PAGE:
Diary of a Cotswold Parson

Publisher / date: Amberley Publishing, 2009
pages: 704
genre: diary

Amberley Publishing has to be my top favorite publisher, and this book – first in the series of The Complete Diary of a Cotswold Parson, shows the press at its best. This is a huge book! The introduction itself runs a couple hundred pages.

Francis Witts is the parson in question. I wait with great impatience for the “complete” diaries of his mother, Agnes Witts (you’ll see that book on this site soon!), and will slowly build my Witts library. It is a big undertaking: Francis’ diaries is up to Volume 8 and is still incomplete.

Volume 1, subtitled The Nomad, covers the period from 1795-1805. The “extensive introduction” should have been a book all its own. Highly recommended. And who are the Austins met late in the diaries??? More on that later!

* * *

Cotswold Life published an informative write-up on the Diaries of Agnes Witts. And I just found their entry about her son, Rev. Francis Witts.


Ellen Tollet of Betley Hall

publisher/date: Betley Local History Society, 2008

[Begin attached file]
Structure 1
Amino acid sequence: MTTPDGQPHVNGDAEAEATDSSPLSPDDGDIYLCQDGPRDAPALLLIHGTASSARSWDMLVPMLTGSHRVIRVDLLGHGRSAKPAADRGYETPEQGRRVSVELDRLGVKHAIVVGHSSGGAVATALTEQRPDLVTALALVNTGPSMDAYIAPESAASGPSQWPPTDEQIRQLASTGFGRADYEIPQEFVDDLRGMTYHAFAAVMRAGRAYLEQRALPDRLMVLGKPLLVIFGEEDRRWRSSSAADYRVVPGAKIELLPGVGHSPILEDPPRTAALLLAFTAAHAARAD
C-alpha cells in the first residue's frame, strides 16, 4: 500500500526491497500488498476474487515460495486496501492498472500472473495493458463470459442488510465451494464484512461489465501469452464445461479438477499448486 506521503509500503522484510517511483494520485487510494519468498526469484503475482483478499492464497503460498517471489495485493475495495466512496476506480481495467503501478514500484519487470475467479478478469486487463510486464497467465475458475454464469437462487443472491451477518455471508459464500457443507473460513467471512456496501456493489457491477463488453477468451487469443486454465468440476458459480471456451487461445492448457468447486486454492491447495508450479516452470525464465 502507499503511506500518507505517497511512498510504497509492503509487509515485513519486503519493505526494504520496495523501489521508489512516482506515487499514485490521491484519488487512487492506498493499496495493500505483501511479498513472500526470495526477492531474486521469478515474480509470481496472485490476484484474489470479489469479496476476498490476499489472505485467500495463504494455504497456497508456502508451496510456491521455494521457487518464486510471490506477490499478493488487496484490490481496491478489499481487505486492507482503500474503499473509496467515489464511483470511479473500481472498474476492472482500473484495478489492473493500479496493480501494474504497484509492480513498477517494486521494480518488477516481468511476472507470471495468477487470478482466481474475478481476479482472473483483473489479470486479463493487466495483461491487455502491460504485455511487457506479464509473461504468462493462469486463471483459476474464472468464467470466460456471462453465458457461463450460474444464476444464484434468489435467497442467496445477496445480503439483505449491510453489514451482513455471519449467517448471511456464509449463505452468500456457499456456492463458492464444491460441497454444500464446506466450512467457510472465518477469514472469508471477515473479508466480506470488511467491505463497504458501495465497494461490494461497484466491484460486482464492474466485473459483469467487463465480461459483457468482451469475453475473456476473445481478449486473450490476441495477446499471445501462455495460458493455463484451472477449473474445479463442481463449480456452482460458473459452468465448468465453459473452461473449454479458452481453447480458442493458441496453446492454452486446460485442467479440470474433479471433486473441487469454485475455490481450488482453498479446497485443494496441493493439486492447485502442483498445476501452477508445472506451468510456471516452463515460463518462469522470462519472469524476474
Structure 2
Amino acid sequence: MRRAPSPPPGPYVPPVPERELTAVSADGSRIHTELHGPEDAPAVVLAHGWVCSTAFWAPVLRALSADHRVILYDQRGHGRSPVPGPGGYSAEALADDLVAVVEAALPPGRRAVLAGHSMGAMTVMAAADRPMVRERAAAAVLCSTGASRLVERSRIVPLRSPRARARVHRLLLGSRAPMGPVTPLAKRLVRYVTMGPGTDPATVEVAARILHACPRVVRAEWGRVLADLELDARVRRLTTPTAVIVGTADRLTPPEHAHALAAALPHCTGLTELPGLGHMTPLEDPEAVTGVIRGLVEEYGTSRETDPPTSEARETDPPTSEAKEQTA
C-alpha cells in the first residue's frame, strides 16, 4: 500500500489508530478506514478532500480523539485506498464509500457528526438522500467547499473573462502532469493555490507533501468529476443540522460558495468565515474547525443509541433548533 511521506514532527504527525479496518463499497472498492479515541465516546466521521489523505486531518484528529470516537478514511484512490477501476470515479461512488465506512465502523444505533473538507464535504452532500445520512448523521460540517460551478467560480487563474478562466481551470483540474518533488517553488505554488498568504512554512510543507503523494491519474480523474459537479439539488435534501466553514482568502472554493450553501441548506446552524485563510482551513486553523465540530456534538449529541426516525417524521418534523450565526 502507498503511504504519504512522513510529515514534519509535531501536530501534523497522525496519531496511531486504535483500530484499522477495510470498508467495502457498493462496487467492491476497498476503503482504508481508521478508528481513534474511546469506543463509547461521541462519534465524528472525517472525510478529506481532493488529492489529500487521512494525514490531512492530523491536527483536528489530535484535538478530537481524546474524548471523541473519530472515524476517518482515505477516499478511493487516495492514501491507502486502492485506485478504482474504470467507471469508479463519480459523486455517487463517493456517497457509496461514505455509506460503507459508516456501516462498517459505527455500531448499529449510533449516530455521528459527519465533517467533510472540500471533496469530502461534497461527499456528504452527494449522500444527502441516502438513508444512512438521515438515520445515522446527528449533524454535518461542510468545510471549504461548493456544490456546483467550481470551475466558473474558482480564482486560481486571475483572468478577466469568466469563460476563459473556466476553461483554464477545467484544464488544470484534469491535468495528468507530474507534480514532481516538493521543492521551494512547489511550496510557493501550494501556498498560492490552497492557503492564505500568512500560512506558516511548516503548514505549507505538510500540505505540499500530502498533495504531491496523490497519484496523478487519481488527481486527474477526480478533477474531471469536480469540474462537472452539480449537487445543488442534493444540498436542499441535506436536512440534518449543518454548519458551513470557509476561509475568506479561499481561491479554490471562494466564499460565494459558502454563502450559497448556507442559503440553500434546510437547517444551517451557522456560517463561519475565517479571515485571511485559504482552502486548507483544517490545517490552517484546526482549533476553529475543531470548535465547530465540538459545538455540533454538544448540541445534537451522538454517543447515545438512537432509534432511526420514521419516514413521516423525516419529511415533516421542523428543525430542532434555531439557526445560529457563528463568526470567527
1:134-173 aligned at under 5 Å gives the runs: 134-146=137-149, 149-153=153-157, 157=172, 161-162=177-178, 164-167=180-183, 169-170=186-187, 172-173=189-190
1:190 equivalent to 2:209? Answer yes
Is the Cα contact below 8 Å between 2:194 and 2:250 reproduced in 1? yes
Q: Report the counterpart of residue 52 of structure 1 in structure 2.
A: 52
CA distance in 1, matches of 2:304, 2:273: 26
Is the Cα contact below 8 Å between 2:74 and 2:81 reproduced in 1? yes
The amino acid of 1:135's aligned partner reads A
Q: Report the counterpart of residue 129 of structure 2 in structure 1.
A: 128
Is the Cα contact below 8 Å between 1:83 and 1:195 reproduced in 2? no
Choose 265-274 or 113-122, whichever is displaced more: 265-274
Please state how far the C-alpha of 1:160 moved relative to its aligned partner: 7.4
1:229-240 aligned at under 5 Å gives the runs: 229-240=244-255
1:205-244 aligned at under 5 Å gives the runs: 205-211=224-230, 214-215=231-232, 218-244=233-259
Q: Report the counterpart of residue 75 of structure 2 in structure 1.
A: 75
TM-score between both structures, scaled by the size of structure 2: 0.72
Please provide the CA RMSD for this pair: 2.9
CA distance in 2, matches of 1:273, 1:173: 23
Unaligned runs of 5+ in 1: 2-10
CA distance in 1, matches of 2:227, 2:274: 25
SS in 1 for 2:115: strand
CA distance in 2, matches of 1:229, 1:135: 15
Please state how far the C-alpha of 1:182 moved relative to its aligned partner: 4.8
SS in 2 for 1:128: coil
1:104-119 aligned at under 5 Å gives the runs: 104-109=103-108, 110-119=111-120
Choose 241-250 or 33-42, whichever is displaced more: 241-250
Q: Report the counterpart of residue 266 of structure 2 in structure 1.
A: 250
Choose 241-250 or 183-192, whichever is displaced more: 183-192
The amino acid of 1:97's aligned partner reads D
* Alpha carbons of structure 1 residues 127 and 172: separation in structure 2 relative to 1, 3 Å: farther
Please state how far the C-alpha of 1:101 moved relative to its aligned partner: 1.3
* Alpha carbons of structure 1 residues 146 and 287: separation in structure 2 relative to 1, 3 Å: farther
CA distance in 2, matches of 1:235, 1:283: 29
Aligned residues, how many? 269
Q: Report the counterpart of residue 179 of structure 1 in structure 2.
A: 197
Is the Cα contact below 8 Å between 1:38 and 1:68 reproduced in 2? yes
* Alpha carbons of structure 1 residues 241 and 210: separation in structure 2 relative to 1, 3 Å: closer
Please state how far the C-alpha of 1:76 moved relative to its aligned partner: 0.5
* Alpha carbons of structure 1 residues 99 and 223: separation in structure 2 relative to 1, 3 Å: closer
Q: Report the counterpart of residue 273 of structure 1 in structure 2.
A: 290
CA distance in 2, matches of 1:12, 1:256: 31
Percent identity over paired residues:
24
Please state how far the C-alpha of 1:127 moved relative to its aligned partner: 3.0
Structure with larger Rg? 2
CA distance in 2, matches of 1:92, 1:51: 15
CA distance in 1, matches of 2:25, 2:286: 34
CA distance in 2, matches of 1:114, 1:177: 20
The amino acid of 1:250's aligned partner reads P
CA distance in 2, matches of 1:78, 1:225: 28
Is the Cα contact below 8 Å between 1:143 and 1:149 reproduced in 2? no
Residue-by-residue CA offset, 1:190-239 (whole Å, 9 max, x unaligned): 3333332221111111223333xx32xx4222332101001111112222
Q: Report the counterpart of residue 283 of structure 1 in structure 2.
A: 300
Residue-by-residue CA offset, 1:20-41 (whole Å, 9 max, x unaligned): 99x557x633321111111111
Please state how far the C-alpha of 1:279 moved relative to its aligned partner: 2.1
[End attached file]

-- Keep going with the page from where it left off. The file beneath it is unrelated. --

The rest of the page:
pages: 254
paperback only
genre: diary

Every researcher dreams of finding a source like the journals of Ellen Tollet. Mavis E. Smith has an abiding interesting in the Tollet family, and has presented a lovely book, with illustrations, that gives a glimpse into the lives of this family.

Ellen was 22 years-old when she began her 1835 diary; journal 2 covers some of 1836 and there are entries in a third journal for the 1840s. A “parallel” diary by Sister Georgiana, covering late-1835 to mid-1836 are also included.

Highly recommended for anyone interested in the domestic lives of 19th century British women.



  • I highly recommend the Nantwich Bookshop for purchasing such harder-to-find local publications; easy website, friendly service – and they might even supply a signed copy!
  • The Telegraph‘s story on the Nantwich Bookshop
  • The Betley Local History Society‘s official website features publications and meeting schedules
  • The Chester Chronical featured a nice article on the book, and its editor Mavis E. Smith


If you’ve read this book — or want to do so — please leave a comment